Menopause is a natural phenomenon. Yeah, you get symptoms but as your body adjusts, they pass. If you are always fooling your body, it will never adjust to life without those extra hormones. Why put yourself at risk to avoid a little discomfort? There are a few women who need help because their symptoms are extremely severe, but that should be the exception. As a society we are too dependent on instant feel-good results. As human beings, we need to quit messing around with our beautiful and complicated bodies by injecting or injesting chemicals that don't rightly belong. I'm 57 and I tolerated the discomfort as my body changed, but now I have none of those symptoms. I put on a couple of pounds and that was it. With a life-style change regarding eating and exercise, those pounds are gone. So get over it...
I have multiple sclerosis. A drop in estrogen makes my symptoms worse. I don't smoke, have a healthy diet and exercise, and I take a small maintenance dose of synthetic estrogen .625 mg. If I stop, not only will I have hot flashes (and God only knows what else?) but the MS will flare up.

Cancer is not prevalent in my family. I get regular mammograms, check for lumps, I'm small chested as well. I'm going to live on the edge... Give me my estrogen.
I have no history of breast cancer in my family. I'm a non-smoker and have lived a healthy life. At the age of 40, I was diagnosed with breast cancer after 2 years of intensive fertility treatment with hormones. I, without a doubt, know that this contributed to my breast cancer.
I have also had a hard time with menopause. I keep thinking the hot flashes and sleepless nights will be over soon, but seven years later I am still one hot lady. The only compensation is that before menopause, I had migraines and sore breasts for days before my period. So I live with hot flashes (my heating bills are minimal), I don't need sweaters, exercise everyday, and celebrate my lack of migraines. Sometimes I celebrate in the middle of the night when night sweats wake me up.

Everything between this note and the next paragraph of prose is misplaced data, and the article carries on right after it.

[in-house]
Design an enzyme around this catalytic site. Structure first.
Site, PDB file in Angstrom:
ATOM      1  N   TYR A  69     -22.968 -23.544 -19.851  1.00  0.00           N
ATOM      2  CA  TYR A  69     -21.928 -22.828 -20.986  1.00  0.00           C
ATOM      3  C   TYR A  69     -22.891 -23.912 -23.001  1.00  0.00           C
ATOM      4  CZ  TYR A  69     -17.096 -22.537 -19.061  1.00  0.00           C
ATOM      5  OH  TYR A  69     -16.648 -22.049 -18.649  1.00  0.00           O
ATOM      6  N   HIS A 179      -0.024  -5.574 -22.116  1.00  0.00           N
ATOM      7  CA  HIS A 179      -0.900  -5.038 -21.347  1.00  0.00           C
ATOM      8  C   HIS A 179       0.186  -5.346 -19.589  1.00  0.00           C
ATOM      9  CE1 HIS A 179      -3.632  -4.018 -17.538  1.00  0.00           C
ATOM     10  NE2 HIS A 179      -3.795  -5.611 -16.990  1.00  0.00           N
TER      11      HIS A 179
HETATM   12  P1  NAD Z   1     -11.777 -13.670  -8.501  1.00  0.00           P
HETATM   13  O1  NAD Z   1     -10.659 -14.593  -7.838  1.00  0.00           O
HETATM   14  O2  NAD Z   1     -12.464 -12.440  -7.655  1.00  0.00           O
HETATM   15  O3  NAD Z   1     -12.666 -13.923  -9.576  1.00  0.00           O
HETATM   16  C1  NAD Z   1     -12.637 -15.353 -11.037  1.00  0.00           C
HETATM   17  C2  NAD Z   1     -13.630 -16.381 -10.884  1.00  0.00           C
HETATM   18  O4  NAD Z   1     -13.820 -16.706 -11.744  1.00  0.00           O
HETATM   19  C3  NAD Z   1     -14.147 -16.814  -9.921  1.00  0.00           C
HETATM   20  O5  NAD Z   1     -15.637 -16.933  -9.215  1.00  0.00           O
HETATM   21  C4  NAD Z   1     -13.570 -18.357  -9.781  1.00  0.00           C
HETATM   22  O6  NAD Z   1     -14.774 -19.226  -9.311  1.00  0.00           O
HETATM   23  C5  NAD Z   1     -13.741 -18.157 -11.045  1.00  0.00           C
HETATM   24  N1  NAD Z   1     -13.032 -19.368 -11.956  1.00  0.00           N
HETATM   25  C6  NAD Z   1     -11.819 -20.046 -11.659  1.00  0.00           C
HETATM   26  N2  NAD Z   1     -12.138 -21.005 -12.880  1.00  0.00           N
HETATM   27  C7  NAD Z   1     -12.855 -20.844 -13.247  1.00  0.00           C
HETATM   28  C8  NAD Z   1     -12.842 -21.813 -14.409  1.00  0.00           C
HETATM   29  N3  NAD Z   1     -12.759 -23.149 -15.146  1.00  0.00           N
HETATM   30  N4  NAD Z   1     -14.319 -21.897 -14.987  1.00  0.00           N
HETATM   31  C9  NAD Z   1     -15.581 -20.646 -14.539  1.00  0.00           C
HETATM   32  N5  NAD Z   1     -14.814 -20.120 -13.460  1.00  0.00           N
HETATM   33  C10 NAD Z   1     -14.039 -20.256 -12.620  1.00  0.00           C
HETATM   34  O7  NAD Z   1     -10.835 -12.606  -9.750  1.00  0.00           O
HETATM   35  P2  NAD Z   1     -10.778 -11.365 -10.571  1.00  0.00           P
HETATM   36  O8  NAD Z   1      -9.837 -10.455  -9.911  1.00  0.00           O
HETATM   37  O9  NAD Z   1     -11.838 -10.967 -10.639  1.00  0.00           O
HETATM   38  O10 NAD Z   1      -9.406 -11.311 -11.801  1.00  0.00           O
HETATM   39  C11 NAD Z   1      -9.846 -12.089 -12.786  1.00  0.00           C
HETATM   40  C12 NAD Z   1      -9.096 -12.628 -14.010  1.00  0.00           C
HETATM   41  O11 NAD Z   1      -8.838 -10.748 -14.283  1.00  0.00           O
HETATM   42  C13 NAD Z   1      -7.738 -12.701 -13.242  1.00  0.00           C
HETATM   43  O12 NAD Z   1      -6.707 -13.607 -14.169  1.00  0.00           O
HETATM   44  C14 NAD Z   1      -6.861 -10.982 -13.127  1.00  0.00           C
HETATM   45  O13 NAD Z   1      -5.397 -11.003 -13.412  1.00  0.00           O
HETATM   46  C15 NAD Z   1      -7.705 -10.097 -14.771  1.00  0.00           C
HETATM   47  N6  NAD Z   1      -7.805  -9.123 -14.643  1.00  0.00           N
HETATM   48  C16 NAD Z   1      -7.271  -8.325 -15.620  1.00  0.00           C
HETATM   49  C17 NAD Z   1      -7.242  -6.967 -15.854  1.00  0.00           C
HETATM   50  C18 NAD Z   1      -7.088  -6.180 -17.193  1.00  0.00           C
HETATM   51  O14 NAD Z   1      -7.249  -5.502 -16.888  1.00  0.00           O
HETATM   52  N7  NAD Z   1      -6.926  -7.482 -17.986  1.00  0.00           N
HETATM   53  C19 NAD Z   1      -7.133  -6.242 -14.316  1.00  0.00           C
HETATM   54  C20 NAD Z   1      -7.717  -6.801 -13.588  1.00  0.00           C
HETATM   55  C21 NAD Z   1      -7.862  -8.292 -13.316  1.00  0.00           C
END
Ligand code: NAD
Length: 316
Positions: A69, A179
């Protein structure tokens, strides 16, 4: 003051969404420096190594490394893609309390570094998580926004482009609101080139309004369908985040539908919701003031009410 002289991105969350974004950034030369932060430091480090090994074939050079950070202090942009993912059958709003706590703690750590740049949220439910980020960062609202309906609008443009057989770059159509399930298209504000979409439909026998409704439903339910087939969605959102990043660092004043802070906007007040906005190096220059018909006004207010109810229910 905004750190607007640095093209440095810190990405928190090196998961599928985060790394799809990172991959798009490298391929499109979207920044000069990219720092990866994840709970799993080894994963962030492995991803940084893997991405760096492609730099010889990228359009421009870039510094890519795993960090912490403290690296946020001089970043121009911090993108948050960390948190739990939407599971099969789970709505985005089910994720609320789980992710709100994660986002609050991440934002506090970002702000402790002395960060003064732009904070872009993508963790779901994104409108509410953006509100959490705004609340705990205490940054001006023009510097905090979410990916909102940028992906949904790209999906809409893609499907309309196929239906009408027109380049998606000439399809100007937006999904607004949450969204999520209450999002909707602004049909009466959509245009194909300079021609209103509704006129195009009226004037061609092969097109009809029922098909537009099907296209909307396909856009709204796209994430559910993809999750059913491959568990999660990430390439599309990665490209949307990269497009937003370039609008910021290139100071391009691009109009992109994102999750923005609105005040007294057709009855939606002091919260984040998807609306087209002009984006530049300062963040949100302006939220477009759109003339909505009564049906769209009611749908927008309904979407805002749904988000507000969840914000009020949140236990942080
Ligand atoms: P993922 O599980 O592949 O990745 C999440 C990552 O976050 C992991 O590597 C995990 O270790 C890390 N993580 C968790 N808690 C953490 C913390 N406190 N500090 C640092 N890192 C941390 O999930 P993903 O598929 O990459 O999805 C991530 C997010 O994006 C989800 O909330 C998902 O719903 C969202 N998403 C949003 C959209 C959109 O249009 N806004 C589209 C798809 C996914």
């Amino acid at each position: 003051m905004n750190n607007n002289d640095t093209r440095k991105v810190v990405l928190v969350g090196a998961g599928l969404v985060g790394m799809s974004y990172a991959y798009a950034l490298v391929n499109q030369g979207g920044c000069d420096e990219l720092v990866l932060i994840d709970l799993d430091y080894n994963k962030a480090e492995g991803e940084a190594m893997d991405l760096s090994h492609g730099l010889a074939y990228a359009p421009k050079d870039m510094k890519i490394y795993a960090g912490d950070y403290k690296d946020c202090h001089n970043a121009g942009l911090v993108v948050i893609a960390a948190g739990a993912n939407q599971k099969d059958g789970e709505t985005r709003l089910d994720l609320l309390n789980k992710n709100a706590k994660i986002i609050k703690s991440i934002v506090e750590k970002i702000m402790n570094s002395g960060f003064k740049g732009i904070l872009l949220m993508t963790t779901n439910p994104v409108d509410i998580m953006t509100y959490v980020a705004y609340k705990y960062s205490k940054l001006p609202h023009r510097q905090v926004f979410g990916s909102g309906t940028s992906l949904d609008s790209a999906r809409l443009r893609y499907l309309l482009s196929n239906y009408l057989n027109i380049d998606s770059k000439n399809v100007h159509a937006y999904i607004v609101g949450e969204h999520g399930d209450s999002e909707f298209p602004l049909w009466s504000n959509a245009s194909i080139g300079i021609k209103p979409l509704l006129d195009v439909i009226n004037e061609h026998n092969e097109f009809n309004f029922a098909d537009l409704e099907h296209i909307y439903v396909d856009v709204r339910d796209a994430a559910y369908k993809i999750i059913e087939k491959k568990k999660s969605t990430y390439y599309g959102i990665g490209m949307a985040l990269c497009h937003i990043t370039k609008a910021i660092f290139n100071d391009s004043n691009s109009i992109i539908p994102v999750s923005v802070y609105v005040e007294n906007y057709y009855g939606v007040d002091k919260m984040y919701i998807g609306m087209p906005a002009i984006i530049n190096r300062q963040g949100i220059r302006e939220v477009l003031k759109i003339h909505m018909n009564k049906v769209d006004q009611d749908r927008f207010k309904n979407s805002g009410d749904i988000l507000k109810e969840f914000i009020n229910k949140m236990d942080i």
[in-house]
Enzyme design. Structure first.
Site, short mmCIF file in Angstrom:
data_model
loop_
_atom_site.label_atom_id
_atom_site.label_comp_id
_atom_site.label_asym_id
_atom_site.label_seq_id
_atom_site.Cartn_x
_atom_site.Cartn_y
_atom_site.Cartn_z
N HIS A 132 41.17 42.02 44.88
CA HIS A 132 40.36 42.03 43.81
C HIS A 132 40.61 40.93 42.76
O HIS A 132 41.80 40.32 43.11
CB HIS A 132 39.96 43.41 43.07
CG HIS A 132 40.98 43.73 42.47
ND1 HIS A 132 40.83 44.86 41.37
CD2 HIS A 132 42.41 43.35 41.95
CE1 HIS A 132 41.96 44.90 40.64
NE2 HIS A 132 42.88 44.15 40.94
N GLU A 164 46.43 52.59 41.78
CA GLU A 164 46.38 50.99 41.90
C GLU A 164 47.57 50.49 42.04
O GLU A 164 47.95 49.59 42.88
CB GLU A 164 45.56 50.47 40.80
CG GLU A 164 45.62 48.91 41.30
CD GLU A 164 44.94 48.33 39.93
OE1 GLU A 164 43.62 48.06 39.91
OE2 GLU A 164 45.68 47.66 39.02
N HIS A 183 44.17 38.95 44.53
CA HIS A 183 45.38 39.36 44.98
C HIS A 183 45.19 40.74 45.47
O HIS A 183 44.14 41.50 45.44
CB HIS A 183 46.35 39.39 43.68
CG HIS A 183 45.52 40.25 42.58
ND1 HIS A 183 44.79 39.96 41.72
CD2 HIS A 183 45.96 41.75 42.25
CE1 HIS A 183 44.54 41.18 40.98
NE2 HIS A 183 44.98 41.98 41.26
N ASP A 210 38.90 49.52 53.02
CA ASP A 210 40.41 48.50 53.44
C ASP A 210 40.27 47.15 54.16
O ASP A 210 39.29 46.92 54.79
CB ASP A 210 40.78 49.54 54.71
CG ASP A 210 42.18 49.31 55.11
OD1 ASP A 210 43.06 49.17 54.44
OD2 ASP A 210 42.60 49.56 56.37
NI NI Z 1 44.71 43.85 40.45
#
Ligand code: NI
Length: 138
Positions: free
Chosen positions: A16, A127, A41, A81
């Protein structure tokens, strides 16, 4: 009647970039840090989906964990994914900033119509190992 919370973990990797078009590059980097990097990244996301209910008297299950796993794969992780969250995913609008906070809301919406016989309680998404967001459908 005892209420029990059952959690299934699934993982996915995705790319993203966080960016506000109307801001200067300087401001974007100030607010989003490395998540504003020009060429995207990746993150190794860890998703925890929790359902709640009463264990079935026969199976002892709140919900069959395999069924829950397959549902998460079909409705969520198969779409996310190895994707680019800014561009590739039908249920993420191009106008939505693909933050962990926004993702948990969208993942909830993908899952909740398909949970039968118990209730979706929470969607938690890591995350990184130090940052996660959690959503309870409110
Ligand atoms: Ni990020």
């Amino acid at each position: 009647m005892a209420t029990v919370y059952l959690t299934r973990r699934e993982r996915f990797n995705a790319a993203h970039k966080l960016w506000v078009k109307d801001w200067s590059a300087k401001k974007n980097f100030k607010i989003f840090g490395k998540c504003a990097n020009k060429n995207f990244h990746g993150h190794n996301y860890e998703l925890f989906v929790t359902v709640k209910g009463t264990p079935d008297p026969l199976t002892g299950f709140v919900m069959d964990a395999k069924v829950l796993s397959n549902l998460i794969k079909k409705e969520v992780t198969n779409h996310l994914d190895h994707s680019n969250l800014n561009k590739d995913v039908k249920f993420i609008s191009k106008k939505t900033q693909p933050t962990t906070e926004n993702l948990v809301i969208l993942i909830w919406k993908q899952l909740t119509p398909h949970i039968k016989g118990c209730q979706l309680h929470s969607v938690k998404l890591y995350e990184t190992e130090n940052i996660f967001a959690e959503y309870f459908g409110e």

I took HRT for less than a year and a half, and was diagnosed with breast cancer. I'm an 8yr. survivor. HRT definitiely made me feel right with the world, but trust me it is not worth the risk. Facing your own mortality is a real eye opener. Nothing you experience is worth radiation and chemo.
I'm 54 and's a sweaty couple years but it beats umpteen years of a monthly period and it also beats taking chemicals to get through what is a natural process of life. thank you
I think you may want to comment on the other WHI study that involved women who had historectomies and received estrogen replacement therapy.
Why are the menopausal symtoms so severe nowadays, comparing to say, 50 years ago? It's mainly due to the unhealthy diet we have, consisting of processed food and meats / diary products loaded with growth hormones and antibiotics. And then we try to solve the problem by adding more hormones to our bodies. Menopause is a natural part of a woman's lifecycle. To ease the discomfort of these symtoms, try a more natural approach, such as acupuncture or supplements like black coharsh.
I had the ususal symptoms of hot flashes and night sweats. But they are not THAT terrible. Grit it out. You'll be fine.
From a tallk given this fall by Lita Smith, MS, RN, U of MICH; oncology symposium in San Diego:
--There is a recent decrease in both UK and USA breast cancer mortality at ages 50-69
--The study was done by WHI-Women's Health Initiative, with 16000 healthy women taknig prempro or placebo
--The study was stopped after 5.2 years when they found a 26% increase in breaast cancer with those taking the prempro
No research has come up so far has proven birth control pills are a factor in Breast Cancer.
SSRI's can help menopausal symptoms; effexor helped one woman when other therapies could not
Most doctors consider estrogen estrogen whether it comes from natural or chemical sources.
This all has to be an individual choice.

Stopping caffeine completely has turned my hot flashes to warm flushes, eliminated urinary urgency, helped moods. Each person is different. Hope this helps a bit.
Oh wonderful. Choose your poison, menopause negatively transforming your mind and body or cancer. Maybe if I eat more broccoli it'll be okay? :(
Do bioidentical hormones cause these problems or were they even included in this study?